The nature of a co-dependant relationship is that, although both partners are unhealthy, one partner usually exerts more control - be it mentally, emotionally, physically, financially, spiritually, because the other is willing to give up his/hers.

Our cultural and societal conditioning has defined our roles - the boxes we should fit in if we are to find a fitting partner. As a result, women tend to be better off emotionally because they are allowed to process their feelings, men are more skilled financially because they are encouraged to pursue their careers. (Luckily the roles are becoming less defined with awareness rising, with every new generation.) An example is a woman, financially dependent on a man, in a relationship where such man is physically (practically) and emotionally dependent on the woman. Or, a man is emotionally and financially dependent on a woman, in a relationship where such woman is physically (practically) dependent on the man. Generally speaking, the less we learn to be responsible in a certain area, the more we believe it is OK for others to take over - giving up our authentic power, and growth, in that area.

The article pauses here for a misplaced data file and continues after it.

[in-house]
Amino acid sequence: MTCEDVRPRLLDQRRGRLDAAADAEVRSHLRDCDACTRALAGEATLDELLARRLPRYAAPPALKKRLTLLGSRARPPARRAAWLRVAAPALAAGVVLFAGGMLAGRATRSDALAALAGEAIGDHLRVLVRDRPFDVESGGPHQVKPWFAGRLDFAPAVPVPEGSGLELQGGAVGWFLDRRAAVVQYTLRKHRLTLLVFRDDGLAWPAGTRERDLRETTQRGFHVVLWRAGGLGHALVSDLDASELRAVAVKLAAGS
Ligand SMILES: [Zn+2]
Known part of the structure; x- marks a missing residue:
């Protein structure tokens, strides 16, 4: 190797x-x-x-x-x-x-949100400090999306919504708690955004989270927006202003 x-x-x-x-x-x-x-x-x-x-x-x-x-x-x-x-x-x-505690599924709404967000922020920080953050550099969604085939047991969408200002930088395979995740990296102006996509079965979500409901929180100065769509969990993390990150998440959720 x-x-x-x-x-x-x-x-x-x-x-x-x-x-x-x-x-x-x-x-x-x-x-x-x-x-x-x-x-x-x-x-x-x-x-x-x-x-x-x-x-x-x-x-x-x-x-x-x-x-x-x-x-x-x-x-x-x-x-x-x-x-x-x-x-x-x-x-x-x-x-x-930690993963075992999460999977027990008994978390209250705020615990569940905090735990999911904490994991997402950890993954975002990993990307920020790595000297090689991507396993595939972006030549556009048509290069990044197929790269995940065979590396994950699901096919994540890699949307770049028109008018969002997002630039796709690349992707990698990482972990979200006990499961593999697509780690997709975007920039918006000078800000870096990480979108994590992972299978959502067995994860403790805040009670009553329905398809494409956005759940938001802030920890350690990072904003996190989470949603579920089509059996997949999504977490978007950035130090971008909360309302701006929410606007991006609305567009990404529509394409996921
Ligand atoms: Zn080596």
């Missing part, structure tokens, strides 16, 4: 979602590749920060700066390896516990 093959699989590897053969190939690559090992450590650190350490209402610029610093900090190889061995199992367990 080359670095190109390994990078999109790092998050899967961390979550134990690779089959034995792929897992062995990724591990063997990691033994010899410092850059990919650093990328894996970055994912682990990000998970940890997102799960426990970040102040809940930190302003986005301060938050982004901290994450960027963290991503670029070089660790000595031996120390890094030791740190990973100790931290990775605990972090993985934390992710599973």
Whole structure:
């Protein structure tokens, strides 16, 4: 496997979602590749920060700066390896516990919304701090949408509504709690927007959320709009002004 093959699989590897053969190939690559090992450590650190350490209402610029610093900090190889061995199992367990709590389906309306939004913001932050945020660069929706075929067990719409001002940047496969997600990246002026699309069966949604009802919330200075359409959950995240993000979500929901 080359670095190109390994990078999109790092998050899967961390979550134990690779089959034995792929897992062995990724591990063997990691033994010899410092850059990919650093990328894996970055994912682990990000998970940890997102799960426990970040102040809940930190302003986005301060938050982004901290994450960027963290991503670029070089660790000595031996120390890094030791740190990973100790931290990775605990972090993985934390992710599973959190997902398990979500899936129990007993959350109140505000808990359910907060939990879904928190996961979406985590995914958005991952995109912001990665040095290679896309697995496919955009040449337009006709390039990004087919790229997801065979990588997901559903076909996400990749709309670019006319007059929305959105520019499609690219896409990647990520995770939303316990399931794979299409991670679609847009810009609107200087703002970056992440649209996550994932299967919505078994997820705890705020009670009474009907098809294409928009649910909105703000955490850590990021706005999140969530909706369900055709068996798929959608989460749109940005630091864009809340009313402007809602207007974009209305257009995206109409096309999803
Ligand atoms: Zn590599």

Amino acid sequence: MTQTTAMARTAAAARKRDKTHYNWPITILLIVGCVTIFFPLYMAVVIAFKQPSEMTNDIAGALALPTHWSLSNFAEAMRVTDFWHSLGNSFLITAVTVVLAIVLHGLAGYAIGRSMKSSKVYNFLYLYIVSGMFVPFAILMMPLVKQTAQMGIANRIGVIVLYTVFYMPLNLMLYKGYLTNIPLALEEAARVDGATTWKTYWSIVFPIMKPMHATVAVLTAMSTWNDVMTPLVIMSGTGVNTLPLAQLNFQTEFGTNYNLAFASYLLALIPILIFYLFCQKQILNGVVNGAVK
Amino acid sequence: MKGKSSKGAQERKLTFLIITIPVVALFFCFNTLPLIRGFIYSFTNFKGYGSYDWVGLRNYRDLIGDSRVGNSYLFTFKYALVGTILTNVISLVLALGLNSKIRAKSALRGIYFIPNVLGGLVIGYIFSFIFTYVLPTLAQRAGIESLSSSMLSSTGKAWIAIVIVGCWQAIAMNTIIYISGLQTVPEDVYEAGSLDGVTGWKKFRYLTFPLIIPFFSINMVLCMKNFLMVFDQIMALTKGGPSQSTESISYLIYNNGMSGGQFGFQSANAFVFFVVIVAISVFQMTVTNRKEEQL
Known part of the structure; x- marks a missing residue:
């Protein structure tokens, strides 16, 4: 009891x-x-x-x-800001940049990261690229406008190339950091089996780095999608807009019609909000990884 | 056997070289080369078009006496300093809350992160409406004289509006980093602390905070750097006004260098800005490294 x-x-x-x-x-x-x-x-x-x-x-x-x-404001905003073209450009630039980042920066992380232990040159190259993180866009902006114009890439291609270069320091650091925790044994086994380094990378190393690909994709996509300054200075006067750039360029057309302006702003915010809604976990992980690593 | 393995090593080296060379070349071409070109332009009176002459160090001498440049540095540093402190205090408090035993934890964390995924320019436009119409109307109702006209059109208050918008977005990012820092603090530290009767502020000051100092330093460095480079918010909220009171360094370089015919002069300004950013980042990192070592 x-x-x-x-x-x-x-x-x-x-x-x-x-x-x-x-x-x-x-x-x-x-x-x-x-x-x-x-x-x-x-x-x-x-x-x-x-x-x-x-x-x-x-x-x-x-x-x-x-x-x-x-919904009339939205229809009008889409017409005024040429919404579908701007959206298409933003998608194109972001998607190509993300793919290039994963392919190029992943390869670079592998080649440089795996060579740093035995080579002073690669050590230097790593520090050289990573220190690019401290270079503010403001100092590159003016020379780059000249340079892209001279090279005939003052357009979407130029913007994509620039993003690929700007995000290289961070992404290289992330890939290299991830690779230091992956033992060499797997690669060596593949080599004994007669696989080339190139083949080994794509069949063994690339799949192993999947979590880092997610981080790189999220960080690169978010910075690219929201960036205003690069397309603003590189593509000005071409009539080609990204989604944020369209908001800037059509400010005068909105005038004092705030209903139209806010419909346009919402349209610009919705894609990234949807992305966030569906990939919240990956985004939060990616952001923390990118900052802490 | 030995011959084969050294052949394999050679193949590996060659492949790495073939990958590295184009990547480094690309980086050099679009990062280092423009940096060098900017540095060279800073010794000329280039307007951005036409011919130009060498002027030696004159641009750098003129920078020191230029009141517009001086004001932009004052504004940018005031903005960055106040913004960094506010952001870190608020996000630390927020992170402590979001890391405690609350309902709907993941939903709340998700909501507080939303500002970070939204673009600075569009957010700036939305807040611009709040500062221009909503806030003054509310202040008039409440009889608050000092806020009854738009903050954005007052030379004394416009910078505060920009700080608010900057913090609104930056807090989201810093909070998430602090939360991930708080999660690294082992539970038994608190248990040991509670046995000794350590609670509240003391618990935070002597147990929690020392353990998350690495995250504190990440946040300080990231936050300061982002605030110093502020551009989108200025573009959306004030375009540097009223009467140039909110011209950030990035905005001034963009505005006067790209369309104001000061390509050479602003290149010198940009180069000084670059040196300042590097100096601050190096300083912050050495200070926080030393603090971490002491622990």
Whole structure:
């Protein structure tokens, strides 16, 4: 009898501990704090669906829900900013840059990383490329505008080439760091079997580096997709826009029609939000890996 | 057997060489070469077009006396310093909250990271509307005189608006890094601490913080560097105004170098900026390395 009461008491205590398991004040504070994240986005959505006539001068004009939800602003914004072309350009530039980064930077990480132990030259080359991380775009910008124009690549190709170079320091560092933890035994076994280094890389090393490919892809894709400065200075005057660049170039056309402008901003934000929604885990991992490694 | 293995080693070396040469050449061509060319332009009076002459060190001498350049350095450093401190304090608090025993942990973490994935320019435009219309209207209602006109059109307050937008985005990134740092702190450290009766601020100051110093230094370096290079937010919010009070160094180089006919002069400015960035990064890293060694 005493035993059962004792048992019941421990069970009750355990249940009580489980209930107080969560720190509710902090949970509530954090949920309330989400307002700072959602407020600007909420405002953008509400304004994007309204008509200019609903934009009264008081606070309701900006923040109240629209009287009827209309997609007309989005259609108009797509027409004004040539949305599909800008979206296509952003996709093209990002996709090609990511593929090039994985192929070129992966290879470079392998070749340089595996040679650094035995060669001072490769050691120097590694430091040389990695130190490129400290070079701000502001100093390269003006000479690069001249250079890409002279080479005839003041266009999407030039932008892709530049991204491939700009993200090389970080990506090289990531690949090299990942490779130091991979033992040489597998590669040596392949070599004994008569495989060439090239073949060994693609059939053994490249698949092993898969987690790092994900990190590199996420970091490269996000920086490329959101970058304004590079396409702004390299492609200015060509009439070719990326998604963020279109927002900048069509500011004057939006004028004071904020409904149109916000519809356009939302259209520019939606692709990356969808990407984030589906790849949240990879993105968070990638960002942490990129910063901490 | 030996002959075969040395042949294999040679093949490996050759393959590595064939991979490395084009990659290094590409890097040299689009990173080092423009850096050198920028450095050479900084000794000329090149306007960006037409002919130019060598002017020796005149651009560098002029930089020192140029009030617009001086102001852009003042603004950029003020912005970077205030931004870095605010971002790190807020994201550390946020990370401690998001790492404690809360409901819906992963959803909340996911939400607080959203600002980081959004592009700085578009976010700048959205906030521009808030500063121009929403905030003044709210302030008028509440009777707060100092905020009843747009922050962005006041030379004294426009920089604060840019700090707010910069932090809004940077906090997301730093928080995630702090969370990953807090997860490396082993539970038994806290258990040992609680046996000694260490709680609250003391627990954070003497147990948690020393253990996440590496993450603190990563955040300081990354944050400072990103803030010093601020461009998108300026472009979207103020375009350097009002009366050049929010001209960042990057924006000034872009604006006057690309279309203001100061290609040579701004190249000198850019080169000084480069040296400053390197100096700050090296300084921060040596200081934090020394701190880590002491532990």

Remaining small, you are bound to be treated as such...

The relating in a co-dependent relationship is deformed due to our distorted perception of what love is, and how we believe others should love us. For example: An emotionally immature mother, who is financially dependent on a controlling, abusive, emotionally unavailable father, will bring up daughters who will seek controlling relationships, willing to accept abuse for the financial 'safety' provided. Love for these women means someone caring for them financially. Unless they awaken to their distorted ideals, they will be drawn into superficial relationships with rich, emotionally unavailable (narcissictic) men.

Just how many relationships are unhealthy, and where do we draw the line?